Wine at the start and wine at the finish – that’s Passover.

Wine at the beginning of his ministry and at its ending, that’s how John tells it.

The starting point, a moment of definition, took place at a very public occasion, a wedding, a consciously social expression of love, of a contract, the binding and loosening of ties, the bringing together of families, the prelude to a new creation.

The party was going flat, the ritual was faltering, one vital element was missing. The wine had run out. Invited, as guests, Jesus, his mother and his disciples noticed the scurrying stewards, the whispered conversations, the expressions of horror. She looked to him – do something! His friends looked at him – what did he have to offer? He gazed back at her – his hour had not yet come. He wasn’t ready for this. But his ready or not he heard the cry of human need: No wine meant no celebrations, no celebrations meant no ritual, families reneging on promises to guests, a wedding blighted, social failure that would be branded onto them, pariah families, cursed, mocked, belittled.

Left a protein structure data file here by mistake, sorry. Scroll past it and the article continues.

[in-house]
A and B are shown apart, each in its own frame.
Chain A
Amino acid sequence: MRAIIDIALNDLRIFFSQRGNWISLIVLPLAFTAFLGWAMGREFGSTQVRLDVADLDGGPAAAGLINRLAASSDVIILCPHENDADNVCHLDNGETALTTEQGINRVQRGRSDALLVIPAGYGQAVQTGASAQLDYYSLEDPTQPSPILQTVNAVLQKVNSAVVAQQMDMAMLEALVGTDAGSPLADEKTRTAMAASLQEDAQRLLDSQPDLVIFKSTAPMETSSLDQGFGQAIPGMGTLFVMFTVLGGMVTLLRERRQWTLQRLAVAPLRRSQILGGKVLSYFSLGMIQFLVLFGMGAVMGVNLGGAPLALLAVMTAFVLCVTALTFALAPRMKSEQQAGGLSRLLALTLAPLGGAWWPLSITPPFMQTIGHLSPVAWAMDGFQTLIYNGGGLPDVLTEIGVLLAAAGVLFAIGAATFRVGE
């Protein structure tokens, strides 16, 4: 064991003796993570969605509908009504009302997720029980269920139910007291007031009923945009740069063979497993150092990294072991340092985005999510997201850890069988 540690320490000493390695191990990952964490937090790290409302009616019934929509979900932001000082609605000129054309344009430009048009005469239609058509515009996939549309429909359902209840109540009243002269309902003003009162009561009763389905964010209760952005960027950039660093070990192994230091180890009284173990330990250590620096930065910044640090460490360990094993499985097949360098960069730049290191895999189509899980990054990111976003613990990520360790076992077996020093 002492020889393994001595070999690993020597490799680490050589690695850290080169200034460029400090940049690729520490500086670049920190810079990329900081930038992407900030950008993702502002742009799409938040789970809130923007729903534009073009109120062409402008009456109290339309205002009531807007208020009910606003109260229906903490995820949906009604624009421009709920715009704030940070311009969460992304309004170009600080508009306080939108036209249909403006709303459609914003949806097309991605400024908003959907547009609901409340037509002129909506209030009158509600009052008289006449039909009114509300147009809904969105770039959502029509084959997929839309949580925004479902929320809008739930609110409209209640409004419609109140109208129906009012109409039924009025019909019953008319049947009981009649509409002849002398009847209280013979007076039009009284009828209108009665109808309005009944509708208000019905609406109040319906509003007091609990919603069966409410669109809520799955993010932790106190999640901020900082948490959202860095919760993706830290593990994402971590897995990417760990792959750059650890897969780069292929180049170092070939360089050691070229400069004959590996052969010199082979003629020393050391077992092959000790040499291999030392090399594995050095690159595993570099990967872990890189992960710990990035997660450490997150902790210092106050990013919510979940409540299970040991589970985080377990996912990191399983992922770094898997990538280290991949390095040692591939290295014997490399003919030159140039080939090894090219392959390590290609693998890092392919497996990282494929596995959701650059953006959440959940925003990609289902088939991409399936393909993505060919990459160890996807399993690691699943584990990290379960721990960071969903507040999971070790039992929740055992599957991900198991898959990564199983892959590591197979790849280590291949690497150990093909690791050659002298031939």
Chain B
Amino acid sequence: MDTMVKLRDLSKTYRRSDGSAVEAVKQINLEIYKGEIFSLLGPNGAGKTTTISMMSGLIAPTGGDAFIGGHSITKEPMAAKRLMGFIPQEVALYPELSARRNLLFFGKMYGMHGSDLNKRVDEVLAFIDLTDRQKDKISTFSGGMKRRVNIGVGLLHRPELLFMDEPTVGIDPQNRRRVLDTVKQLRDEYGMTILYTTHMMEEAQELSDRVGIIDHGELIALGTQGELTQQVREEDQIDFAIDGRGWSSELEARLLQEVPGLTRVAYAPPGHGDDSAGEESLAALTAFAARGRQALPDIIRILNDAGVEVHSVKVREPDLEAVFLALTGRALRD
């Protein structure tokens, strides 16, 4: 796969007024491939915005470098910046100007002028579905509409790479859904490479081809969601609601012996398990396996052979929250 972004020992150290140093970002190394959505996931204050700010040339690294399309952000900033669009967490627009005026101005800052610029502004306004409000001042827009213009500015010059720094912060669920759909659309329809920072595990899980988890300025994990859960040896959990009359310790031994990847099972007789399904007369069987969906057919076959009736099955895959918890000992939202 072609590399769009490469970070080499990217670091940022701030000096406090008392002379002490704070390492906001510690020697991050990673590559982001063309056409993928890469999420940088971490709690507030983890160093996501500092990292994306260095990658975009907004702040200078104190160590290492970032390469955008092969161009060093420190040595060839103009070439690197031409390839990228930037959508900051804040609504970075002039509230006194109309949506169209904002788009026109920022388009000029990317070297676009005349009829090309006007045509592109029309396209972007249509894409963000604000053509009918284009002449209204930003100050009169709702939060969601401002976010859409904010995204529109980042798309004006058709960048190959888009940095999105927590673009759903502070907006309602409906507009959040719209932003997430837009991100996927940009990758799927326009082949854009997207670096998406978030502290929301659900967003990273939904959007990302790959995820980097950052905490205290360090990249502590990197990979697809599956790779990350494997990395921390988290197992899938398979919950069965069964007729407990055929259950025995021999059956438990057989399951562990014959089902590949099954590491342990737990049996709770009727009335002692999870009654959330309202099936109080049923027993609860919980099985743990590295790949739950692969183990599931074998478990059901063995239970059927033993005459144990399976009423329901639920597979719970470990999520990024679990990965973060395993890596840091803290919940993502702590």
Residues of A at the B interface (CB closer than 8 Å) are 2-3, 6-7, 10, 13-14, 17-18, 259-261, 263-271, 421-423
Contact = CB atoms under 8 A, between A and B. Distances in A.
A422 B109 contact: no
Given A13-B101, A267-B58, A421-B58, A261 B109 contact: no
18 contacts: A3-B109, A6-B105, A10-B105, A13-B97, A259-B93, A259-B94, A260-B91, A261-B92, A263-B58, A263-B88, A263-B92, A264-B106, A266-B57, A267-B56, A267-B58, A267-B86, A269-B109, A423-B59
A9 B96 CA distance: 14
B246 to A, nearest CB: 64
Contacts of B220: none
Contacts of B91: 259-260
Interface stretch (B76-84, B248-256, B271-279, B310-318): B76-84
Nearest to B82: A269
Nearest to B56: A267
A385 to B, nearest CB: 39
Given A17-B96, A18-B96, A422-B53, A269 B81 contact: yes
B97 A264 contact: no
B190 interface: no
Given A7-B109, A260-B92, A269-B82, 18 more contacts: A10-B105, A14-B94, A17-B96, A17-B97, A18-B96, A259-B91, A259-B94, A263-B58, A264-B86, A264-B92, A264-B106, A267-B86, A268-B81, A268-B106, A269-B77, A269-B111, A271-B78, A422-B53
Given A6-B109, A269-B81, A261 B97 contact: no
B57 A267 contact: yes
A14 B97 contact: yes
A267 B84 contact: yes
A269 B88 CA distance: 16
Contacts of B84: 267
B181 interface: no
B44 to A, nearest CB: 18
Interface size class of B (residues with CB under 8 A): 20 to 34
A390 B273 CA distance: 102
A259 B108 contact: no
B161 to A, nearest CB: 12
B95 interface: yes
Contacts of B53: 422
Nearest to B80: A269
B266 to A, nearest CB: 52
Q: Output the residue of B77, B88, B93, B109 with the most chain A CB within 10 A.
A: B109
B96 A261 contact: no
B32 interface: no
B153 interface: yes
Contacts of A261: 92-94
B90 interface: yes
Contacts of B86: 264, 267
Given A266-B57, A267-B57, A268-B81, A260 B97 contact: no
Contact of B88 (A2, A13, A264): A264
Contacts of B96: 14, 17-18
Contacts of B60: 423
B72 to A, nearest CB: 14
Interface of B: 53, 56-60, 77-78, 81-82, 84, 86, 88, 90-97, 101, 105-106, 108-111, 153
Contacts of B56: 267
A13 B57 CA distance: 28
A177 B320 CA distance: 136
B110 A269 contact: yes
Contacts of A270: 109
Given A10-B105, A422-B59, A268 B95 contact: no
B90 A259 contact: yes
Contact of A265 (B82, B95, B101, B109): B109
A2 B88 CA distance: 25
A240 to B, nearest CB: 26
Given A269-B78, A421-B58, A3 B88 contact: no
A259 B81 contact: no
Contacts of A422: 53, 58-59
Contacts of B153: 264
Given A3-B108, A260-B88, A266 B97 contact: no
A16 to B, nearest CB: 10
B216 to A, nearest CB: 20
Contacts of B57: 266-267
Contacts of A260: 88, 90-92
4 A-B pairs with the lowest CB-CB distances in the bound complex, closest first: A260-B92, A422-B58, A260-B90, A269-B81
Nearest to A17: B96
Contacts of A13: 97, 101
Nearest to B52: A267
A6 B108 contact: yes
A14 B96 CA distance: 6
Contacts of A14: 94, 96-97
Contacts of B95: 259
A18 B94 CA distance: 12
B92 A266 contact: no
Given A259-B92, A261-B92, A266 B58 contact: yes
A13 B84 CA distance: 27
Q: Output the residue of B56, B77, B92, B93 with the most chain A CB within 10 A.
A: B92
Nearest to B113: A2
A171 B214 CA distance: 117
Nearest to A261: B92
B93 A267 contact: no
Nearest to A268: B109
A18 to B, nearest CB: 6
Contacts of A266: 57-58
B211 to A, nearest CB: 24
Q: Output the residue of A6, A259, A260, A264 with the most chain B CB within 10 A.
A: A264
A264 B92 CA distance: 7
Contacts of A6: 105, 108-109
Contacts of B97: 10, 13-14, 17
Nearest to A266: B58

So Jesus declared his hand. Wine was poured out, gallons and gallons of surging, gushing red liquid, the finest vintage and the wedding was saved, the relationship blessed, new life given new hope.

Here was abundance flowing unasked for, yet so desperately needed. A sign initiating a new ministry, opening ‘The Book of Signs’, as scholars have designated the first half of the Fourth Gospel.

Rich, luxurious, intoxicating, uninhibited, this ministry, like the wine, surprises, delights, overwhelms. Not everyone likes it – for some it is too frivolous, for others it leaves a sour taste by its very generosity – too fine a gift to be splashed around indiscriminately, and shared with those who’s palate isn’t truly refined.

For here is the Creator,  the one who spoke every cell of every grape, every molecule of water, every grain of sugar into being, treading the soil of our earth. Here is God walking, uncontained, unrestrained, pitching his tent on our land, laughing and crying with us, listening to us, teaching us, healing us, revealing divine glory, tending us, feeding us, stirring our spirits.